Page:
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Schwarzenegger makes the cut

Last week, the governor signed a $131 billion budget amid a chorus of
bipartisan congratulations. With state revenues higher than expected, and
the governor positioning himself for a re-election bid in the fall, there
was relatively little of the acrimonious negotiations that normally
accompany the hammering-out of the state’s spending plan.

But the governor did do a bit of trimming before signing his budget deal. He
used his line-item veto authority to cut $112 million in state funds from
the budget. The state lost out on another $63 million in federal matching
funds that would have accompanied the higher spending authorized by the
Legislature.

Below is a partial list of the governor’s line-item vetoes.

General government

  • $2 million from the Board of Equalization’s $208 million budget.
  • $250,000 for a Civil Rights Law mediation program, arguing that the money
    appropriated by the Legislature was “insufficient to implement such a
    program.”

    Housing

  • $500,000 for a low-income housing grant program, arguing that the housing
    bond “will provide $10 million in new bond funding” for the program.
    Transportation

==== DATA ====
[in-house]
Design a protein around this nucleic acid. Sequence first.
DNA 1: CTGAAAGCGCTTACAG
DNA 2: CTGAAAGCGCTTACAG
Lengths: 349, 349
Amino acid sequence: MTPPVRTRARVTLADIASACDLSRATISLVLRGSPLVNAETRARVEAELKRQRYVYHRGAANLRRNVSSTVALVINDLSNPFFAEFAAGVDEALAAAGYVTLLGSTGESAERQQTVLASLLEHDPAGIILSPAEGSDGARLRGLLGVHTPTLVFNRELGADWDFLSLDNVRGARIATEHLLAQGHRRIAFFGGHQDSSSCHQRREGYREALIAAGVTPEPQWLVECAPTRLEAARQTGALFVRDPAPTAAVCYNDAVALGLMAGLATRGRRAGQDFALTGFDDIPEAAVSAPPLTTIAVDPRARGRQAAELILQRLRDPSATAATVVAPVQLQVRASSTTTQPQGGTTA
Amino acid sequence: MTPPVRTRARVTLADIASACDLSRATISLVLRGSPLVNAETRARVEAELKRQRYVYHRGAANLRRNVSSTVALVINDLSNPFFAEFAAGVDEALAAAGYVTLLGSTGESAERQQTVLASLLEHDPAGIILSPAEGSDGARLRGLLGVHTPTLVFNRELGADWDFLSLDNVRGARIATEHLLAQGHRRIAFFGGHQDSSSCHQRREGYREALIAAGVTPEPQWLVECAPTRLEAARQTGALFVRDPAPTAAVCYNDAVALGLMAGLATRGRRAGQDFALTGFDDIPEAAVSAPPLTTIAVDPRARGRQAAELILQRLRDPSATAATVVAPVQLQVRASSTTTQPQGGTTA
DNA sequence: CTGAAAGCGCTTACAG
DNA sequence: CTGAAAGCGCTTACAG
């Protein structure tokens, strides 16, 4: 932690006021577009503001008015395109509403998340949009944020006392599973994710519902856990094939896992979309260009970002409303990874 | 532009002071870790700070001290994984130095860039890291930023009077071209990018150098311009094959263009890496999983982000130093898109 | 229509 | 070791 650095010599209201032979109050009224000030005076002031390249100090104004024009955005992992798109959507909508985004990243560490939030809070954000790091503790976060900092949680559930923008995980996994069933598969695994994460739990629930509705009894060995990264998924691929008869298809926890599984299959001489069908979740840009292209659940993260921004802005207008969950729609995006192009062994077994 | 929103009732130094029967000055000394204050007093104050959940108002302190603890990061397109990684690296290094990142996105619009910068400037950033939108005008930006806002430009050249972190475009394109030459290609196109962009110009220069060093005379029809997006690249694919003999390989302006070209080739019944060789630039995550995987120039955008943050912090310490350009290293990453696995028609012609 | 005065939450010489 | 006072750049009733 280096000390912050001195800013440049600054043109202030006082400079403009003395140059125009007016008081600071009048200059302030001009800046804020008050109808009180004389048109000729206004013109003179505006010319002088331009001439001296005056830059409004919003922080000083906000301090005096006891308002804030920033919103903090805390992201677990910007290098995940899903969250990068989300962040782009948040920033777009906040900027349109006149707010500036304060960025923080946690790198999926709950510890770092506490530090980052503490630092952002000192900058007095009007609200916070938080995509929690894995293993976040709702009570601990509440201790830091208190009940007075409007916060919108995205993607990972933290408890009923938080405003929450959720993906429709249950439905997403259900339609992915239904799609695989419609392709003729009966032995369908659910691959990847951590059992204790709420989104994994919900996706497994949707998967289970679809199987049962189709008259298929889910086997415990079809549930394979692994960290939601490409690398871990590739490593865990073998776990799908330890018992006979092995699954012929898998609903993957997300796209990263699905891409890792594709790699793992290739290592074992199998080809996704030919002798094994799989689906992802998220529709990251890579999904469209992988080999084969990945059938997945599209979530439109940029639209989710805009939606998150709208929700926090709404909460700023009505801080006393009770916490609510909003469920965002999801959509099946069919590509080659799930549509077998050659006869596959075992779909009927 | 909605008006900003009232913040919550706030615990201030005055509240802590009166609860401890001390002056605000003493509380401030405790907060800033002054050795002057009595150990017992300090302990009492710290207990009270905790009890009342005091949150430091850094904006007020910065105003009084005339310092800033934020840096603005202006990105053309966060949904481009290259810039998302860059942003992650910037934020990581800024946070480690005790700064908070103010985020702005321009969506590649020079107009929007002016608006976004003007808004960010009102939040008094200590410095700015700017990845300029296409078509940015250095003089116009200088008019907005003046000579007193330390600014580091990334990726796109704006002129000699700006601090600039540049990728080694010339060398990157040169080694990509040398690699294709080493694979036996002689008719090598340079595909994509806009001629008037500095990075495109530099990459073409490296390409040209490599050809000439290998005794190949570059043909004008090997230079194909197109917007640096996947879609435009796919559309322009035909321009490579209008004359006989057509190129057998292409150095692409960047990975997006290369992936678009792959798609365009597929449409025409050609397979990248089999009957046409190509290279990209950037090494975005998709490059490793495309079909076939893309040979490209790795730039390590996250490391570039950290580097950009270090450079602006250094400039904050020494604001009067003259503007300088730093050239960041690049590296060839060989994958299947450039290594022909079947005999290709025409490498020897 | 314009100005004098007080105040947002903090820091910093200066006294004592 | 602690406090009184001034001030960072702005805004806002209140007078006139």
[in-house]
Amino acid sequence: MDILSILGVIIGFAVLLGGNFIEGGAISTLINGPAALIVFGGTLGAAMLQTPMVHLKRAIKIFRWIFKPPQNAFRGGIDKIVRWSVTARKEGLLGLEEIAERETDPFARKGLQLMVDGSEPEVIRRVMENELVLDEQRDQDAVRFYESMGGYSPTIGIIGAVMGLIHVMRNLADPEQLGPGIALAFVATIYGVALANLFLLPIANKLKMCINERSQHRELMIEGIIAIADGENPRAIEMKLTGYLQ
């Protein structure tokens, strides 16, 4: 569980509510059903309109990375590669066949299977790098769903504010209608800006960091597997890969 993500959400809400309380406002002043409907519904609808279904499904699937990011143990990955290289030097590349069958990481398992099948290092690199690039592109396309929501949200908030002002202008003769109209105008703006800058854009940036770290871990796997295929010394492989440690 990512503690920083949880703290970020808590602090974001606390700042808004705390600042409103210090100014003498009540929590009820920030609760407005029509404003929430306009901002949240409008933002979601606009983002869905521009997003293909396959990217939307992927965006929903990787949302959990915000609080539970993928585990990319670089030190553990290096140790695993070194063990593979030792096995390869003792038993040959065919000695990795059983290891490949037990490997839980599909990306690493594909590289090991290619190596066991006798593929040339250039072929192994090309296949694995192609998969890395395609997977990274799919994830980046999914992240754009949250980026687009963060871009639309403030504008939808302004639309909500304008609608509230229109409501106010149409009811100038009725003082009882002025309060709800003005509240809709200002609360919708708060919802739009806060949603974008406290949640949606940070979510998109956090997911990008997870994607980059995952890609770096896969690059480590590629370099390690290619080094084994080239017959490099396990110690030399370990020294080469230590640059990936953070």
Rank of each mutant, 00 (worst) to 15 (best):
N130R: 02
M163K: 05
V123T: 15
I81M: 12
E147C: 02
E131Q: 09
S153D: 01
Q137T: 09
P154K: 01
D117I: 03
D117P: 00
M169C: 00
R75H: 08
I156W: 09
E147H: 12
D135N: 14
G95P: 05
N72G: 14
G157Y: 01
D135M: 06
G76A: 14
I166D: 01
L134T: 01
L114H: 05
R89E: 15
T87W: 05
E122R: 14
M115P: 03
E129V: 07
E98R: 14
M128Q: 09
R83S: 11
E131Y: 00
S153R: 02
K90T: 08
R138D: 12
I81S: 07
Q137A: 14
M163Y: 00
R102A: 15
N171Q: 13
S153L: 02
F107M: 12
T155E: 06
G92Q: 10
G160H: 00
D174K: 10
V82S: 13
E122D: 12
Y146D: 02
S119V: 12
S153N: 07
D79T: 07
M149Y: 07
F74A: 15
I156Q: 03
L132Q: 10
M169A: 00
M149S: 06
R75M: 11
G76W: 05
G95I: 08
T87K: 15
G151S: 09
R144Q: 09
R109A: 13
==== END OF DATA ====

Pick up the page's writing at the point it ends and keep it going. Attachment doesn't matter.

• $8.1 million in Capital Outlay Support Program for the Department of
    Transportation.

    Environment

  • $350,000 for Coastal Commission reviews of Liquefied Natural Gas
    proposals.
  • $10 million for local air districts. The governor argued that there are
    limited funds for new air quality spending, and halved the amount allocated
    by the Legislature for local air districts.

    Health care

  • $10 million for trauma-care services. The governor noted that local
    governments should pick up some of the costs for these services, and that
    other programs in the state budget will help hospitals in general.
  • $800,000 in alcohol- and drug-services programs

    Education

  • $466,000 that would have been used to oversee management teams of schools
    that have been taken over by the state. The governor predicted that “very
    few schools will be subject” to state takeover in the coming year.
  • $15 million for Reading First programs. In his veto message, the governor
    said he was “concerned that this language proposes to initiate a new cohort
    of grant recipients.”
  • $37.8 million in child-nutrition programs because “the Legislature did
    not link this funding to legislation that would require schools to improve
    the nutritional quality of meals served to California students.”

    Workers’ comp

  • $1.5 million to Cal/OSHA for more safety inspectors. The governor cited
    an LAO report that found “the levels of workplace injuries and fatalities in
    California are well below the national average.”

    Agriculture

  • $1 million for the Noxious Weed Management Programs. The governor said
    other money in the budget “will provide a sufficient level of funding to

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